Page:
Triggers for Boy Anorexia

I have been asked many times “Did you ever find out what caused Joe’s anorexia”. The straightforward answer is no. However we have a few ideas about what could have been contributing factors: He went through a very early puberty. It is no coincidence that many cases of anorexia start in puberty, both in boys and girls. With girls the reason seems more obvious as they look in the mirror and see a more rounded shape developing. Boys tend to be more happy with their developing more muscular physique, but if a boy has a very early puberty, he might not appreciate the changes that are happening to his body and making him different from his peers. In addition the raging hormones can trigger irrational behaviour in either sex. Joe was and having recovered from his illness, is still, a very talented sportsman. This is his explanation. “ I thought I would be an even better sportsman if I lost a little weight. I felt really good when I lost weight and to start with all my friends commented on how good I looked. The trouble was it got out of control and I found I couldn’t stop losing weight. I just got scared of eating in case I put weight back on”. There are numerous cases of sportsmen restricting their diet for their sport and developing an eating disorder. Consider jockeys, gymnasts, light weight boxers, long distance runners, cyclists and ballet dancers who can all justify restricting their diet to ensure they maintain an “optimum” weight for their sport. Joe is the eldest child of a complex family. He has one sibling, three half siblings and three stepsiblings. It is likely that he felt he was always the last in the pecking order of all these younger children. For years he may have been craving more of our attention without us realising. He always seemed such a happy boy with a healthy appetite, and who loved his sport. When I read “ The Best Little Girl in the World “ by Steven Levenkron it made me realise how an outwardly happy and well balanced child could actually be feeling very lonely and left out by the demands of other children within the family. Research has shown that pre term babies are more likely to suffer from behavioural difficulties including eating disorders. Joe was born six weeks prematurely so this could have been a contributory factor. There could have been many other triggers of Joe’s anorexia, but he didn’t bring them to our attention. Of course we agonised about such things as our family structure, was he being overstretched at school, was he being bullied etc? It is important to note that anorexia can appear in any family setting and in any social situation. We are a large complex family, but many small nuclear families, who appear to have no problems, have been affected by a visit from anorexia. Children from all walks of life are vulnerable. Some typical triggers might include: An overweight child being teased or bullied at school. Comments might be made in jest and in a friendly manner, but then taken to heart. A highly academic child might be bullied by less able children and see food as a way to control his life. A less academic child might see weight loss as the only thing he can achieve positive results with. A child whose parents are constantly dieting might follow suit. A child who has seen an overweight parent or relative suffer a heart attack might seek to prevent this happening to him by cutting back on food. Abuse within the family often leads to an eating disorder. A death in the family can create a feeling of helplessness and loss of control. A child might find comfort in having control over food. An overprotective or over dominant mother has often been blamed in the past for her child’s eating disorder. A passive or absent father has also been often cited as a reason for a child developing eating problems. Social pressures might cause a child to start dieting and exercising. Within our culture young men who have a slim and athletic build are portrayed as being popular, attractive, healthy and successful in life. A young boy with puppy fat might feel he has to take drastic measures to achieve this image as soon as possible. As well as the above-mentioned social triggers, eating disorders can also be triggered by chemical or biological factors. Chemical imbalances in the brain can lead to all sorts of behavioural disorders. It is also increasingly believed that there may be a genetic link, and certainly eating disorders seem to run in families. The bottom line is that every case is different. No one type of person gets an eating disorder, and no two people with an eating disorder are exactly alike. The common features seem to be that people who develop eating disorders suffer from a very low self esteem, and many find it difficult to express their true feelings or explain what is making them unhappy. Of course we will never really know exactly what triggered Joe’s illness, and like most parents of anorexic children we went through many months of agonising over what we could have done better to prevent our son almost starving himself to death. Joe’s key worker made me feel much better when she made two points in our first meeting:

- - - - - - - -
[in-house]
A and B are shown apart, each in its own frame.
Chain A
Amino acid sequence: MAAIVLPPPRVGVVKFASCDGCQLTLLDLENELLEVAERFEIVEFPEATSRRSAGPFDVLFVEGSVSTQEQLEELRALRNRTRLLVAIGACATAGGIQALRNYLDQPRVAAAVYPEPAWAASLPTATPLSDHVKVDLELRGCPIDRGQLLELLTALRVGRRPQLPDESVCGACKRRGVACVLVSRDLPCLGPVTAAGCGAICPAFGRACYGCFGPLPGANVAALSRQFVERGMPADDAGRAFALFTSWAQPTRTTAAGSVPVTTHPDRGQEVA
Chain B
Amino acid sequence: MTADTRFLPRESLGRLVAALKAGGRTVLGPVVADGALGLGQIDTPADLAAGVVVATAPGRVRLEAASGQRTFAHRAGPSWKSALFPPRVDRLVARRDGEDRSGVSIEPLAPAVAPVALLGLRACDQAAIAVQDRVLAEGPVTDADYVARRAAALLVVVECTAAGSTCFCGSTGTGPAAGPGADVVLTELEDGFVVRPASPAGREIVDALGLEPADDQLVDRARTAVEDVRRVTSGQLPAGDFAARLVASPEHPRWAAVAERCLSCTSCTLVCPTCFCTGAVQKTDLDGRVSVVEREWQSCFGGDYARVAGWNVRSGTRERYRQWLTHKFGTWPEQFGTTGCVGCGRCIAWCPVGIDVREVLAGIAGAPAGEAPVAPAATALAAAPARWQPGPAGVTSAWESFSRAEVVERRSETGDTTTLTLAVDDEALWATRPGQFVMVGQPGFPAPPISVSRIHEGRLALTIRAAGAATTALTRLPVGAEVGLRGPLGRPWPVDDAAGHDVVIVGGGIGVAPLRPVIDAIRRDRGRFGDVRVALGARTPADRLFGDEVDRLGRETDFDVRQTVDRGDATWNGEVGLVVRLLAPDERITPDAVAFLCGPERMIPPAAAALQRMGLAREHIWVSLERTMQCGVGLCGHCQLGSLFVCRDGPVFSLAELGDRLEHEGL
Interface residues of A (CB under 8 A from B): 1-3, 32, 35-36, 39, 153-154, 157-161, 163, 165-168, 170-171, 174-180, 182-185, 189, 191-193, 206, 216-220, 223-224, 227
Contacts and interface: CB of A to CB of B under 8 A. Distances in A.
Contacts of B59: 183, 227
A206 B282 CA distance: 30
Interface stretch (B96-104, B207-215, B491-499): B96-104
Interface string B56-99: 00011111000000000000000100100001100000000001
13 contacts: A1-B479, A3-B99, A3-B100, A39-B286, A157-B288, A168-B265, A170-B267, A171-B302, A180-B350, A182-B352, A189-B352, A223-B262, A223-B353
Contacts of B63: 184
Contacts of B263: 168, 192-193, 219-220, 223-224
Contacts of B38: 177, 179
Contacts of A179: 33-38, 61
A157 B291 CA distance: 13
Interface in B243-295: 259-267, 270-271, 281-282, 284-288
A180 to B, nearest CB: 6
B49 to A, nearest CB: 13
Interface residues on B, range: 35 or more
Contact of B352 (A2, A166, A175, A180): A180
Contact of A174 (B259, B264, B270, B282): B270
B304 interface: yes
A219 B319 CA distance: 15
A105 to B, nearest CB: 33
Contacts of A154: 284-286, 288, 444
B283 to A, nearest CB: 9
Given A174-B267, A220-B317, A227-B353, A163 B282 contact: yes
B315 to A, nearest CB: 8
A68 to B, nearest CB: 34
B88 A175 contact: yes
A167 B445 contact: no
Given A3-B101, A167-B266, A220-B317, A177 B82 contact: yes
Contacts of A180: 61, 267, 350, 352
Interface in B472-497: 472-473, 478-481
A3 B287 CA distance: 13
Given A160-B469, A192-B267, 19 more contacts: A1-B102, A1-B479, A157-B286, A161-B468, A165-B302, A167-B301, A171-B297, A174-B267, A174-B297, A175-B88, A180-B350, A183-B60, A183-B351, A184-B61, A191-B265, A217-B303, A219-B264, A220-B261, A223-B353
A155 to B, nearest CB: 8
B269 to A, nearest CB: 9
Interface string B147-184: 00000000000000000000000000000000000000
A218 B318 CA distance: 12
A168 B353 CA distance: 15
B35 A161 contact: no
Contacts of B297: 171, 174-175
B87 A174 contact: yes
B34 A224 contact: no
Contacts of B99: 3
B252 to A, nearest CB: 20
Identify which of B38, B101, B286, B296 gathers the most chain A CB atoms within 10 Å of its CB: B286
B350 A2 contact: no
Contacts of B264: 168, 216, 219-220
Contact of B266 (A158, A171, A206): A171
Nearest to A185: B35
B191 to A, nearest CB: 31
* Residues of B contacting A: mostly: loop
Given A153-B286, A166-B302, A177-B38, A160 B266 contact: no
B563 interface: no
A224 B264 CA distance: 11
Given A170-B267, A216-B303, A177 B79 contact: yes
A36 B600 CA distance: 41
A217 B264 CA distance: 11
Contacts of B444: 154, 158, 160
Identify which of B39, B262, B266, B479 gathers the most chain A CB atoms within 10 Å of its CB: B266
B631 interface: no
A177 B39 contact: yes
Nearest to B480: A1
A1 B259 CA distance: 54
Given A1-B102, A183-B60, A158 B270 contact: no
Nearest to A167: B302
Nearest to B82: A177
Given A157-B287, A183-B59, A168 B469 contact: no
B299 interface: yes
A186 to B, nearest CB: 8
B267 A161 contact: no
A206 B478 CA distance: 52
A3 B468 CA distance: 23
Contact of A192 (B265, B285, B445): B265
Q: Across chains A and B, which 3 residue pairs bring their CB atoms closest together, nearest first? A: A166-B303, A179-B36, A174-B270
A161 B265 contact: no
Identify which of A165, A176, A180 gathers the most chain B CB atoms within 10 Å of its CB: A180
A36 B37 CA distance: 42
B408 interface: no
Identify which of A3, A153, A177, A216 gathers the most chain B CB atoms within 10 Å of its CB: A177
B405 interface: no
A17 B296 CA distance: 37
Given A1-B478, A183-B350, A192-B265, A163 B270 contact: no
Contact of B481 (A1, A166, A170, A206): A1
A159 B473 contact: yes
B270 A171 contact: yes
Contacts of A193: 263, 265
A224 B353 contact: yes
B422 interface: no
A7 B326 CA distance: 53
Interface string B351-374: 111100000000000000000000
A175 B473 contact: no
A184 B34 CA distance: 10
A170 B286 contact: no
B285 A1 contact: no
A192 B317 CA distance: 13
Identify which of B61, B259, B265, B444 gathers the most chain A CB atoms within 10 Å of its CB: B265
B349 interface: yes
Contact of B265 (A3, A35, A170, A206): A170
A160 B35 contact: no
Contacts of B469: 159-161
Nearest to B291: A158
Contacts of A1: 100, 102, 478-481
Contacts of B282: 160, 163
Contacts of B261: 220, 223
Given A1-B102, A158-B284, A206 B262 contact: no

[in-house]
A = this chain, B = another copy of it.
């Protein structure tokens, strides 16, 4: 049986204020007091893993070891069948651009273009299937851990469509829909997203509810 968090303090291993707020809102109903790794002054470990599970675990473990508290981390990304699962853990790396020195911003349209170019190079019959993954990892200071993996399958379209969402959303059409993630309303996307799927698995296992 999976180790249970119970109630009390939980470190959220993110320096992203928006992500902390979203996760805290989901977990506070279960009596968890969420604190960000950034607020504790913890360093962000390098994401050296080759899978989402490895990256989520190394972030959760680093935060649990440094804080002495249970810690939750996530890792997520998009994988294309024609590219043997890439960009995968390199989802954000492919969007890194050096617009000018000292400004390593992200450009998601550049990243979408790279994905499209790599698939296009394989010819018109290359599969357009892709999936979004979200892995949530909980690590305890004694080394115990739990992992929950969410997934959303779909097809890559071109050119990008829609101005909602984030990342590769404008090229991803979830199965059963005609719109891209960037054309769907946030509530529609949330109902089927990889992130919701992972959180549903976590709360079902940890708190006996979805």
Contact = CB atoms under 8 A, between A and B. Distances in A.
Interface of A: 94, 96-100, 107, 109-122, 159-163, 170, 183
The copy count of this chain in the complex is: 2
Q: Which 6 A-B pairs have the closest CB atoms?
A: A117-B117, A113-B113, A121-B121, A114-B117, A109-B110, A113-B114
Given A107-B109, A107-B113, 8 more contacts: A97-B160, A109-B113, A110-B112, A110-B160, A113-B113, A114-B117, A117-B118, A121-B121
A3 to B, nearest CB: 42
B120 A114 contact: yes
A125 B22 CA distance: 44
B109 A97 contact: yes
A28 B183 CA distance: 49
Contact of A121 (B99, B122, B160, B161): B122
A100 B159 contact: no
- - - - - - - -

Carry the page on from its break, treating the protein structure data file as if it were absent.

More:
1. It is much more important to look forward, not back. What caused Joe’s illness may well be totally irrelevant to his recovery and his future. Of course if we discovered, during the course of his therapy, that there was something in his life that was making him unhappy then we could endeavour to change it. In many cases of anorexia the initial triggers remain a complete mystery.
  2. All families are dysfunctional in some way. However simple or complex your family set up, there are always disagreements and periods where some members are less happy than others are. Of course we should examine our family set up, and try to change if necessary, but we shouldn’t assume that there must be something terribly wrong with our family simply because our son had developed anorexia. Family therapy (more of this later) is a very good forum for examining the family set up and discussing if any changes might be beneficial.